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The effect of treating herpes zoster with oral acyclovir in preventing postherpetic neuralgia. A meta-analysis.

AbstractBACKGROUND:
Herpes zoster is a common affliction in older patients, with up to 15% experiencing some residual pain in the distribution of the rash several months after healing. Despite numerous randomized clinical trials, the effect of treating herpes zoster with oral acyclovir in preventing postherpetic neuralgia remains uncertain because of conflicting results.
METHODS:
Meta-analysis of published randomized clinical trials on the use of acyclovir to prevent postherpetic neuralgia using the fixed-effects model of Peto.
RESULTS:
Thirty clinical trials of treatment with oral acyclovir in immunocompetent adults were identified. After excluding studies with duplicate data, suboptimal and topical dosing, non-placebo-controlled or nonrandomized designs, and those using intravenous acyclovir, 5 trials were found to be homogeneous and were combined for analysis. From these trials, the summary odds ratio for the incidence of "any pain" in the distribution of rash at 6 months in adults treated with acyclovir was 0.54 (95% confidence interval, 0.36-0.81).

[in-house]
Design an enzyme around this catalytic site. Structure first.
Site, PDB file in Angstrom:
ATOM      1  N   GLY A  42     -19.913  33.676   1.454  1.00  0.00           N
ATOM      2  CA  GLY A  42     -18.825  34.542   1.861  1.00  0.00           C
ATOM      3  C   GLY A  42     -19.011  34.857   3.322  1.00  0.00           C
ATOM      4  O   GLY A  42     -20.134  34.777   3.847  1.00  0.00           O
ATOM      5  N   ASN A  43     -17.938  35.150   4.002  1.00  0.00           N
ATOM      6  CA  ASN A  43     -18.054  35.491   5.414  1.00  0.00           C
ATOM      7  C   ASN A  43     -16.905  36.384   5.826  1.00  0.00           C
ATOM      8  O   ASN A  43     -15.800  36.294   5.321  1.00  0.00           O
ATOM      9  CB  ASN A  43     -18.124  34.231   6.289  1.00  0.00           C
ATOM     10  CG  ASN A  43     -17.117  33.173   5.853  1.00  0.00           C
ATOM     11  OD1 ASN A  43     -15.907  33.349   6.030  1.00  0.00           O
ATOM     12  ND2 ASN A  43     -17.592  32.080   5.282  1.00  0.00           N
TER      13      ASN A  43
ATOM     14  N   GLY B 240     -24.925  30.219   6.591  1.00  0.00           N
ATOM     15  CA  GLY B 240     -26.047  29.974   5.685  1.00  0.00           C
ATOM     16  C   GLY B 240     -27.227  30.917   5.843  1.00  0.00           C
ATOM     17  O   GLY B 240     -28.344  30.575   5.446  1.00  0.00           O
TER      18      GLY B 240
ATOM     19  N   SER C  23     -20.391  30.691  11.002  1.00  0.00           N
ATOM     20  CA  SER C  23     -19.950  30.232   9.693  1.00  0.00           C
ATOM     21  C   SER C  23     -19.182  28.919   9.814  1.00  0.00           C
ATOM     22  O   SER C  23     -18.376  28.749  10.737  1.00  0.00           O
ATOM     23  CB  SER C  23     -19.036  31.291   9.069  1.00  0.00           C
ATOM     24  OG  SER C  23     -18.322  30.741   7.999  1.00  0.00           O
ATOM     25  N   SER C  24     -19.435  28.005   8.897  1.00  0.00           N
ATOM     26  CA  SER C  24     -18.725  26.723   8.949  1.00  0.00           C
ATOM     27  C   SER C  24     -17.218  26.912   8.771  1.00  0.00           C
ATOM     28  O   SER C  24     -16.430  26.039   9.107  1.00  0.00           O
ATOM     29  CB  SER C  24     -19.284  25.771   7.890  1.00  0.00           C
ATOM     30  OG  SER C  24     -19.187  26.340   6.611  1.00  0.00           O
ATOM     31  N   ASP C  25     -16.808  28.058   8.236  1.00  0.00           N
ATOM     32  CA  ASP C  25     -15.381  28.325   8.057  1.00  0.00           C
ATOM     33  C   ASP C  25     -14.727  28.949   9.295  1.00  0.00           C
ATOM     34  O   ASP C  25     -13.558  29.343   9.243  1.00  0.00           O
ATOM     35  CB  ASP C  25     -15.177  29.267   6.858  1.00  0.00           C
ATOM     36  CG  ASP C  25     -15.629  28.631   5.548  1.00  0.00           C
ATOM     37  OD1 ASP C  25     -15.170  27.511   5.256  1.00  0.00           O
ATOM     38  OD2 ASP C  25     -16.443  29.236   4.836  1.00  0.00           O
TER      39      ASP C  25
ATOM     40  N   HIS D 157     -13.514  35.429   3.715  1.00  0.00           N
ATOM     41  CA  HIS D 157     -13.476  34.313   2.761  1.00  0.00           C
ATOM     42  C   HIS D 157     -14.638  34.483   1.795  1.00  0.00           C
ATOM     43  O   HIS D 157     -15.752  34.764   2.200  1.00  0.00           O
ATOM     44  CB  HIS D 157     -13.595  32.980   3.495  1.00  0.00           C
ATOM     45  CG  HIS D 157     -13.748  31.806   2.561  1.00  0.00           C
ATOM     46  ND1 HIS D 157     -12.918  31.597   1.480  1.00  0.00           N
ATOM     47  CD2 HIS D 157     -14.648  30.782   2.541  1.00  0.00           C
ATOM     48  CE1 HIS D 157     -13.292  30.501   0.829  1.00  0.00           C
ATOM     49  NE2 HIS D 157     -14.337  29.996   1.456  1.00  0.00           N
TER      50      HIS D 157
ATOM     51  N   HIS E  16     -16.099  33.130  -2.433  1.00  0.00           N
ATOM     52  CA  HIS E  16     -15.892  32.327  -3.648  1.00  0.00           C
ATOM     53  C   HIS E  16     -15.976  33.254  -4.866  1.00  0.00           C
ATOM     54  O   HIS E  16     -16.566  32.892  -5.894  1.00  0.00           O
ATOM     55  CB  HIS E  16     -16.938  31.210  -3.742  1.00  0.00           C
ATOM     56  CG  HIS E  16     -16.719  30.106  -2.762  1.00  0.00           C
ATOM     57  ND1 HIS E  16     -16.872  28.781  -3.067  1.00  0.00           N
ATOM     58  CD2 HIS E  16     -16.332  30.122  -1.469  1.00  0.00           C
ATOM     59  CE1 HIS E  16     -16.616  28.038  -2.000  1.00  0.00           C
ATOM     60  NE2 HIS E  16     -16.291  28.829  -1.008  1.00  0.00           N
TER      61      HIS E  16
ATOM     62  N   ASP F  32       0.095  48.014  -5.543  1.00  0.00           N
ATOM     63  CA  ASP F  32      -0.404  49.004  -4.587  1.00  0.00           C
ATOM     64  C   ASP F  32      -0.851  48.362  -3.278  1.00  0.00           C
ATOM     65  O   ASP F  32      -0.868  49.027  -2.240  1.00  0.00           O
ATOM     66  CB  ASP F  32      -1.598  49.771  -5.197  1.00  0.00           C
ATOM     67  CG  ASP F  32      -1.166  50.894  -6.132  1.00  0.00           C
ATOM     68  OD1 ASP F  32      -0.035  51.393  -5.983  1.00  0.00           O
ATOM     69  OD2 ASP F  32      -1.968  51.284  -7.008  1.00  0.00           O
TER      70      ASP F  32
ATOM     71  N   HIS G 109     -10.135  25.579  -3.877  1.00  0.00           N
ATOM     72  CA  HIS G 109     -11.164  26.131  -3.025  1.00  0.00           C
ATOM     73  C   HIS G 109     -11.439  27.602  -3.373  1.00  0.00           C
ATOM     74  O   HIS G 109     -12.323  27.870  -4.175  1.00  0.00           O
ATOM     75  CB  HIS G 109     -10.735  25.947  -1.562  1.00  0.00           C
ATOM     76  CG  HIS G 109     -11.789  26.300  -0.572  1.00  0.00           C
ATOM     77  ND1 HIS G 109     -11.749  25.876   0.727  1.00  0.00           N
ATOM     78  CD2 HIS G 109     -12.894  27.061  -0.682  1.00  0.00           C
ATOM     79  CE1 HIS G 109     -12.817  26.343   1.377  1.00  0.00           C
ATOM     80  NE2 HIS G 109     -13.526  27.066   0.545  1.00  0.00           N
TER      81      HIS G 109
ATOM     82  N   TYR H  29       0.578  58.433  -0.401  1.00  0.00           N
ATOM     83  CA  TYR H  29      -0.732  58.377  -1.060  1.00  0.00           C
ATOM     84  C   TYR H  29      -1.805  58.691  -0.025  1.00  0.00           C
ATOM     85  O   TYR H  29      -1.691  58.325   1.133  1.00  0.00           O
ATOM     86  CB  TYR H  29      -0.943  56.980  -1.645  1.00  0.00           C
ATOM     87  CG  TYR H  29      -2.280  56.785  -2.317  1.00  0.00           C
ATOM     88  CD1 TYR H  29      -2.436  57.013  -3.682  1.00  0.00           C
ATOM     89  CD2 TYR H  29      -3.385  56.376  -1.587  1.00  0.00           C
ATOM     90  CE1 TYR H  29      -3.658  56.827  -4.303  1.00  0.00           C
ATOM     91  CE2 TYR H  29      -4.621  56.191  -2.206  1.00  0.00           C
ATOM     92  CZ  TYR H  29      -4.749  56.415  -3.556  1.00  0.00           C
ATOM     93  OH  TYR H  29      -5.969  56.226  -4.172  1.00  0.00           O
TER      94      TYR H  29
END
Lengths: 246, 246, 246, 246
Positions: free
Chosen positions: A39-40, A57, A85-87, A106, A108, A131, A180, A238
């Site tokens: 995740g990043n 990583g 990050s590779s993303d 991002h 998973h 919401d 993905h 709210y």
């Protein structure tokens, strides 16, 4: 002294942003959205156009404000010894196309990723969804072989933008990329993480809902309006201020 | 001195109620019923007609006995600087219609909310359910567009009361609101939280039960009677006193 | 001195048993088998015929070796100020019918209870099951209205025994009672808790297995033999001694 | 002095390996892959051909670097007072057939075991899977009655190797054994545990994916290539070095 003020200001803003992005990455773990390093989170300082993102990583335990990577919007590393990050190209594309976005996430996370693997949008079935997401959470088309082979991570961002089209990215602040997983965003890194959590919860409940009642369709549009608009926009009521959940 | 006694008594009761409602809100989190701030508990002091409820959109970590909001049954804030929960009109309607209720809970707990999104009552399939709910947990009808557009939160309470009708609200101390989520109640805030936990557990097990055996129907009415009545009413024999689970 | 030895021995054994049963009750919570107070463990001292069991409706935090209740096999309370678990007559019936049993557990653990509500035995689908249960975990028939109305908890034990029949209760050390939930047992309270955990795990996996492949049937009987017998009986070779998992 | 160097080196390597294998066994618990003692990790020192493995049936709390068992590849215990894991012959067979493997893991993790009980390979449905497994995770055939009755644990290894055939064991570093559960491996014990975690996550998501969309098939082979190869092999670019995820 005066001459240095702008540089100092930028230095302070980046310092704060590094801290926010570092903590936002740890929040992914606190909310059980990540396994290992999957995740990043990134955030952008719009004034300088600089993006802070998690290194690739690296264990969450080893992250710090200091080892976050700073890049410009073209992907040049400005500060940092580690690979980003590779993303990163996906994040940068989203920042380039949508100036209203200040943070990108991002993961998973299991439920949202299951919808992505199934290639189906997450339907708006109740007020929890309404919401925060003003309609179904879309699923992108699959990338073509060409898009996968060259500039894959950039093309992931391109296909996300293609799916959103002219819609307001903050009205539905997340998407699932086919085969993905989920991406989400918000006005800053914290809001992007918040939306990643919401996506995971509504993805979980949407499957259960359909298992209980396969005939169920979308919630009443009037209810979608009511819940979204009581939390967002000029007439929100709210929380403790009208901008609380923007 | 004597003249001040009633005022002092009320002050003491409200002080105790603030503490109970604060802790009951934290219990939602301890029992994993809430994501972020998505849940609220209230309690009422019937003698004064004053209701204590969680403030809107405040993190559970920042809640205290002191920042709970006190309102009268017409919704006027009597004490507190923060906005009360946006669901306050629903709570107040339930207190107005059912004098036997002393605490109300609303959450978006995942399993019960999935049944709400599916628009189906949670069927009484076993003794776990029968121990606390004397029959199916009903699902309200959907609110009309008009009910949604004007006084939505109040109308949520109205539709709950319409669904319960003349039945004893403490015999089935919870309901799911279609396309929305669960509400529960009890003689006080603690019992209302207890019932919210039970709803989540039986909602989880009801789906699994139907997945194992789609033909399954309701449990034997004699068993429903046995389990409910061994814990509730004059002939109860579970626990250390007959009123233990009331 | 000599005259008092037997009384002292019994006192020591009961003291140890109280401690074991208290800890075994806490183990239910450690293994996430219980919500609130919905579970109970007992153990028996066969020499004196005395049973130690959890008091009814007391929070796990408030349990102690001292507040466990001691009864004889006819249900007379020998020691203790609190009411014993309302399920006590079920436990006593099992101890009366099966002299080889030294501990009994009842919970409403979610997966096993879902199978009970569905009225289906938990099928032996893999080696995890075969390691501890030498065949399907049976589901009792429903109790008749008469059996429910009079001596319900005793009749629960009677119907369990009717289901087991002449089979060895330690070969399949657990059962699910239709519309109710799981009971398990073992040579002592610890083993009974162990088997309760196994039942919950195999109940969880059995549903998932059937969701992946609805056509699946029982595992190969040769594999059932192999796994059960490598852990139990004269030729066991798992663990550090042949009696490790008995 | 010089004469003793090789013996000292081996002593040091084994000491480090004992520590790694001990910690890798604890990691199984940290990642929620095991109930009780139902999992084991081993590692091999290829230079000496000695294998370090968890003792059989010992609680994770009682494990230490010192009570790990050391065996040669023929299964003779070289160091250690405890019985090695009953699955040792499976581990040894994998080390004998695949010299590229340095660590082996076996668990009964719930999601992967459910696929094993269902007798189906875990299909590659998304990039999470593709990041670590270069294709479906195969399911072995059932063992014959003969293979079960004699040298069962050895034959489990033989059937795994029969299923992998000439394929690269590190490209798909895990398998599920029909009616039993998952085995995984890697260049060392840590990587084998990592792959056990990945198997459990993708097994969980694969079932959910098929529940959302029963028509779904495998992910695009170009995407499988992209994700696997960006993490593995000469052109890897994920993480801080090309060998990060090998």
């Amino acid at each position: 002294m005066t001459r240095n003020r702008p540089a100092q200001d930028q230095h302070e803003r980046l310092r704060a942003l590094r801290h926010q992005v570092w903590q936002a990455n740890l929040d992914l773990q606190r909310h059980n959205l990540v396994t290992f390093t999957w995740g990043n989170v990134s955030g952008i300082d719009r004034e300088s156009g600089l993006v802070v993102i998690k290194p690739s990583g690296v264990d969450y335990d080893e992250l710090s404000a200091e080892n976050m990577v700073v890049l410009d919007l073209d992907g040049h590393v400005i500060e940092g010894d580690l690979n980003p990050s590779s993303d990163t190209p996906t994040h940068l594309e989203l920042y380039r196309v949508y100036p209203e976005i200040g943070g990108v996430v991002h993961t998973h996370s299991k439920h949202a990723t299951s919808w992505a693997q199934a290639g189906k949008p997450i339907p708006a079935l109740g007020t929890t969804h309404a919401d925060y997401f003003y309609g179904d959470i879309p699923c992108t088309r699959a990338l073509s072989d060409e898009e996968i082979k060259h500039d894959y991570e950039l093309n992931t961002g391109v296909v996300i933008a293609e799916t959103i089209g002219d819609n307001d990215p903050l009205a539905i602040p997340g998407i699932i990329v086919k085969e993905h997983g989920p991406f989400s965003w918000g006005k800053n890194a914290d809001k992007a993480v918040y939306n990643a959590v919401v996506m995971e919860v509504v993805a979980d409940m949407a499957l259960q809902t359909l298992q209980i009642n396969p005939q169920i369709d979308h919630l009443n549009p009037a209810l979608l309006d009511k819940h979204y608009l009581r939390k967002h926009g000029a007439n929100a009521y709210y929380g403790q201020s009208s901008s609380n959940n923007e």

CONCLUSION:
Treatment of herpes zoster with 800 mg/d of oral acyclovir within 72 hours of rash onset may reduce the incidence of residual pain at 6 months by 46% in immunocompetent adults.
AuthorsJ L Jackson, R Gibbons, G Meyer, L Inouye
JournalArchives of internal medicine (Arch Intern Med) Vol. 157 Issue 8 Pg. 909-12 (Apr 28 1997) ISSN: 0003-9926 [Print] UNITED STATES
PMID9129551 (Publication Type: Journal Article, Meta-Analysis)
Chemical References
  • Antiviral Agents
  • Acyclovir
Topics
  • Acyclovir (therapeutic use)
  • Antiviral Agents (therapeutic use)
  • Herpes Zoster (complications, drug therapy)
  • Humans
  • Incidence
  • Neuralgia (prevention & control, virology)
  • Odds Ratio
  • Randomized Controlled Trials as Topic
  • Severity of Illness Index
  • Treatment Outcome

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